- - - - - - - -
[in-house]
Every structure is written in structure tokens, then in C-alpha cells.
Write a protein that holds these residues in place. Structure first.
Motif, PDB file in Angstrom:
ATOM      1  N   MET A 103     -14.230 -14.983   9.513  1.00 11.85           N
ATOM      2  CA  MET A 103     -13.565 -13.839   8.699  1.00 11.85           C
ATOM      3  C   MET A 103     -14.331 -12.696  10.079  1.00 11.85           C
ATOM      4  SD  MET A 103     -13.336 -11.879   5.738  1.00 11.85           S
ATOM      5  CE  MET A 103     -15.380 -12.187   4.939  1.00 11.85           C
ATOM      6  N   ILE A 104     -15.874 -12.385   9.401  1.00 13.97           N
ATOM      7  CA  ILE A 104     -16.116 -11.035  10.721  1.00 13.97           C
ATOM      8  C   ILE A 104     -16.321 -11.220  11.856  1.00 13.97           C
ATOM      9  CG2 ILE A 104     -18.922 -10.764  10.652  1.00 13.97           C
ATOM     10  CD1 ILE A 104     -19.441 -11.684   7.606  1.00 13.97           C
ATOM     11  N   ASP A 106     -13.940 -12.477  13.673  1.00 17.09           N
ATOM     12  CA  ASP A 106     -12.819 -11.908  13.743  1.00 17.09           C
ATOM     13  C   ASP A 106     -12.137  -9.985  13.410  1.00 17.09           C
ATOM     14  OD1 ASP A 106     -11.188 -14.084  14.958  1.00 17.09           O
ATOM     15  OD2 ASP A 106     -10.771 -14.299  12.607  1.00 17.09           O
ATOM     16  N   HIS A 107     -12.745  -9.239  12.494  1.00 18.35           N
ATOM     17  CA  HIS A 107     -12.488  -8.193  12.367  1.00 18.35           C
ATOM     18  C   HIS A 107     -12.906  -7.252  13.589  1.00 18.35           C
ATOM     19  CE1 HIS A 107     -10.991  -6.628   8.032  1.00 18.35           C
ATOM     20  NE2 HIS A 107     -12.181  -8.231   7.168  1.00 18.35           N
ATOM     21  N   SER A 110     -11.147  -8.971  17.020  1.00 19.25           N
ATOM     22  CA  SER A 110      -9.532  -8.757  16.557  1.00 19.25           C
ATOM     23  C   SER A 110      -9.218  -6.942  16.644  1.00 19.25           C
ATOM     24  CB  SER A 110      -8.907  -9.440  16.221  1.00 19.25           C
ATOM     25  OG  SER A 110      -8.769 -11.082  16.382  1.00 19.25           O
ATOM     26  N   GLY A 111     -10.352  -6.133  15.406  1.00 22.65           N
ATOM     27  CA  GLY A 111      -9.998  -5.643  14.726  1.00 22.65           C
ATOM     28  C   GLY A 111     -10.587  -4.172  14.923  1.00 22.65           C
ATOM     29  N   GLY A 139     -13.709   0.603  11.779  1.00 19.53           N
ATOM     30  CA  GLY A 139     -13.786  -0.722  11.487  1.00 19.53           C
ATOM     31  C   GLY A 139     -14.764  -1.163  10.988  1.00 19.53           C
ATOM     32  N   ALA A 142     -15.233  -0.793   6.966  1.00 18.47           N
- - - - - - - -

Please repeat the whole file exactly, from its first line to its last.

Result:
[in-house]
Every structure is written in structure tokens, then in C-alpha cells.
Write a protein that holds these residues in place. Structure first.
Motif, PDB file in Angstrom:
ATOM      1  N   MET A 103     -14.230 -14.983   9.513  1.00 11.85           N
ATOM      2  CA  MET A 103     -13.565 -13.839   8.699  1.00 11.85           C
ATOM      3  C   MET A 103     -14.331 -12.696  10.079  1.00 11.85           C
ATOM      4  SD  MET A 103     -13.336 -11.879   5.738  1.00 11.85           S
ATOM      5  CE  MET A 103     -15.380 -12.187   4.939  1.00 11.85           C
ATOM      6  N   ILE A 104     -15.874 -12.385   9.401  1.00 13.97           N
ATOM      7  CA  ILE A 104     -16.116 -11.035  10.721  1.00 13.97           C
ATOM      8  C   ILE A 104     -16.321 -11.220  11.856  1.00 13.97           C
ATOM      9  CG2 ILE A 104     -18.922 -10.764  10.652  1.00 13.97           C
ATOM     10  CD1 ILE A 104     -19.441 -11.684   7.606  1.00 13.97           C
ATOM     11  N   ASP A 106     -13.940 -12.477  13.673  1.00 17.09           N
ATOM     12  CA  ASP A 106     -12.819 -11.908  13.743  1.00 17.09           C
ATOM     13  C   ASP A 106     -12.137  -9.985  13.410  1.00 17.09           C
ATOM     14  OD1 ASP A 106     -11.188 -14.084  14.958  1.00 17.09           O
ATOM     15  OD2 ASP A 106     -10.771 -14.299  12.607  1.00 17.09           O
ATOM     16  N   HIS A 107     -12.745  -9.239  12.494  1.00 18.35           N
ATOM     17  CA  HIS A 107     -12.488  -8.193  12.367  1.00 18.35           C
ATOM     18  C   HIS A 107     -12.906  -7.252  13.589  1.00 18.35           C
ATOM     19  CE1 HIS A 107     -10.991  -6.628   8.032  1.00 18.35           C
ATOM     20  NE2 HIS A 107     -12.181  -8.231   7.168  1.00 18.35           N
ATOM     21  N   SER A 110     -11.147  -8.971  17.020  1.00 19.25           N
ATOM     22  CA  SER A 110      -9.532  -8.757  16.557  1.00 19.25           C
ATOM     23  C   SER A 110      -9.218  -6.942  16.644  1.00 19.25           C
ATOM     24  CB  SER A 110      -8.907  -9.440  16.221  1.00 19.25           C
ATOM     25  OG  SER A 110      -8.769 -11.082  16.382  1.00 19.25           O
ATOM     26  N   GLY A 111     -10.352  -6.133  15.406  1.00 22.65           N
ATOM     27  CA  GLY A 111      -9.998  -5.643  14.726  1.00 22.65           C
ATOM     28  C   GLY A 111     -10.587  -4.172  14.923  1.00 22.65           C
ATOM     29  N   GLY A 139     -13.709   0.603  11.779  1.00 19.53           N
ATOM     30  CA  GLY A 139     -13.786  -0.722  11.487  1.00 19.53           C
ATOM     31  C   GLY A 139     -14.764  -1.163  10.988  1.00 19.53           C
ATOM     32  N   ALA A 142     -15.233  -0.793   6.966  1.00 18.47           N